100mph Record – Whilst undertaking test runs in connection with raising its permitted maximum speed, No. 60163 Tornado reached 100mph during trials conducted on the East Coast Main Line (ECML) between Doncaster and Newcastle on 12th April 2017. Tornado is currently limited to 75mph, but it has always been the intention to run the locomotive at speeds up to 90mph to better fit in with other trains on the busy UK rail network.
Plandampf –Tornado took to the rails on 14th, 15th & 16th February, pulling regular timetabled services (usually diesel hauled) over part of the Settle and Carlisle Railway (S&C), on what were the first steam hauled service trains in England since the 1960s. In three days around 6000 people travelled on these trains, all 12 of which were sold out.
No. 2007 Prince of Wales
The A1 Steam Locomotive Trust is now constructing Britain’s most powerful steam locomotive – Gresley class P2 No. 2007 Prince of Wales.
The Gresley class P2 2-8-2 ‘Mikados’ were the most powerful express passenger locomotives to operate in the UK. As the builders of new main line steam locomotive No. 60163 Tornado, we have therefore decided to set ourselves a new challenge: to develop, build and operate an improved Gresley class P2 Mikado steam locomotive for main line and preserved railway use.
We are using the latest computer aided design and modelling techniques to realise the potential of the original design and estimate that No. 2007 Prince of Wales will cost around £5m to build over a 7-10 year period. As with Tornado, funds will be raised through regular monthly donations, donations dedicated to specific components, The Boiler Club and commercial sponsorship.
Gillian was responsible for the procurement, distribution and sales of merchandise for the benefit of the trust from the time that Tornado entered traffic in 2009. Gillian retired as a bank officer in 1997 to set up her own genealogy research business covering all aspect of historical research. With the expertise gained, the opportunity came along to teach others genealogy and Gillian became a tutor for the Workers Education Association which enabled her to pass on her passion for history and heritage.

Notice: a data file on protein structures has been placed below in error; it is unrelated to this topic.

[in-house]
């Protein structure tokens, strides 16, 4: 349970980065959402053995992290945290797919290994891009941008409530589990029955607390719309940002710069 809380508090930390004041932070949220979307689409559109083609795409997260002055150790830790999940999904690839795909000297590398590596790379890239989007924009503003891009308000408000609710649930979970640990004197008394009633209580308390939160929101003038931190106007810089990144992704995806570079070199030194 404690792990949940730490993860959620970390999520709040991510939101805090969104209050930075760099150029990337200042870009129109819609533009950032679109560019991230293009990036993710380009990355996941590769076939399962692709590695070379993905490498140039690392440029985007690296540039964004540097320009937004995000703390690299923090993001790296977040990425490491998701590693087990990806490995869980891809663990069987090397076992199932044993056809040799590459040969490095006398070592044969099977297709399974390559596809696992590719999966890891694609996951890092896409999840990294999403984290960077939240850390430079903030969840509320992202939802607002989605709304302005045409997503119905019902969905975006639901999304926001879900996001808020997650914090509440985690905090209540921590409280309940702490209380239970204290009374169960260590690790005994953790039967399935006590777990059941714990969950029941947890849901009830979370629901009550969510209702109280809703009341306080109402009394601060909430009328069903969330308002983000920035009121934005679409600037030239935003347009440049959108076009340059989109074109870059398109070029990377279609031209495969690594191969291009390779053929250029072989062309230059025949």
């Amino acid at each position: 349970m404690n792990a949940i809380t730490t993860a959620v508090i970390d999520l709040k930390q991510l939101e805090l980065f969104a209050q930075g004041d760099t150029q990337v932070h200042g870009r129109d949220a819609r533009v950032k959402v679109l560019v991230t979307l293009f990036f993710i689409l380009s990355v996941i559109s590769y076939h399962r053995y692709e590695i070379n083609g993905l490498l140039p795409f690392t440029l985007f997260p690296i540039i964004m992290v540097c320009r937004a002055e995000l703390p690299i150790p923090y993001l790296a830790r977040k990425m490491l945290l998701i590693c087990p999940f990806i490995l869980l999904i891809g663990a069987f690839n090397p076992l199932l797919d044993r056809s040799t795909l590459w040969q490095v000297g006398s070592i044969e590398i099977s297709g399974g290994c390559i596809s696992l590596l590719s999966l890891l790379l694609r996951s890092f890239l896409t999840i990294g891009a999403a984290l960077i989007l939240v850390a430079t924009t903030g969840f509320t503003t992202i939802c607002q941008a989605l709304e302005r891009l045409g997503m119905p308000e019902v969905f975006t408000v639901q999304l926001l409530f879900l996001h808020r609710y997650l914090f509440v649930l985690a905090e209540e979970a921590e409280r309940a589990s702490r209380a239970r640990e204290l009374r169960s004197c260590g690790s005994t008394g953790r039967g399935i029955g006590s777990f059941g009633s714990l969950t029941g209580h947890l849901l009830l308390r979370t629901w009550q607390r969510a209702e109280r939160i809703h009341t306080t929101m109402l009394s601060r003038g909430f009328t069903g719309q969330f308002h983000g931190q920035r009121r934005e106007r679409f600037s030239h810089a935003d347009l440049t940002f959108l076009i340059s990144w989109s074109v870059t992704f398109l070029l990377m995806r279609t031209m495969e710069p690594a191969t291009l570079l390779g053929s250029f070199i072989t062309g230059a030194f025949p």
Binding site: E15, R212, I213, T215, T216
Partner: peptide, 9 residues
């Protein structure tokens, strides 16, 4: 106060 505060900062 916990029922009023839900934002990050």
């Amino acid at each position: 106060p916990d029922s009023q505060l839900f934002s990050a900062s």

In late 2021 Mark retired from the Trust after 30 years involvement. In early 2017, after 16 years as Chairman of the organisation – and 26 years spearheading the Trust’s marketing, PR and fundraising – Mark stood down from the Chairmanship to focus on the construction of No. 2007 Prince of Wales as P2 Project Director; in this role, Mark was responsible for strategy and the overall management of the project. In addition to his leadership of the P2 Project, where he prioritised PR, fundraising and marketing, he also continued to have oversight of and contribute to the rest of the Trust’s PR, marketing and fundraising activities, as well as playing an important role in the Trust’s strategic planning across all of its commitments.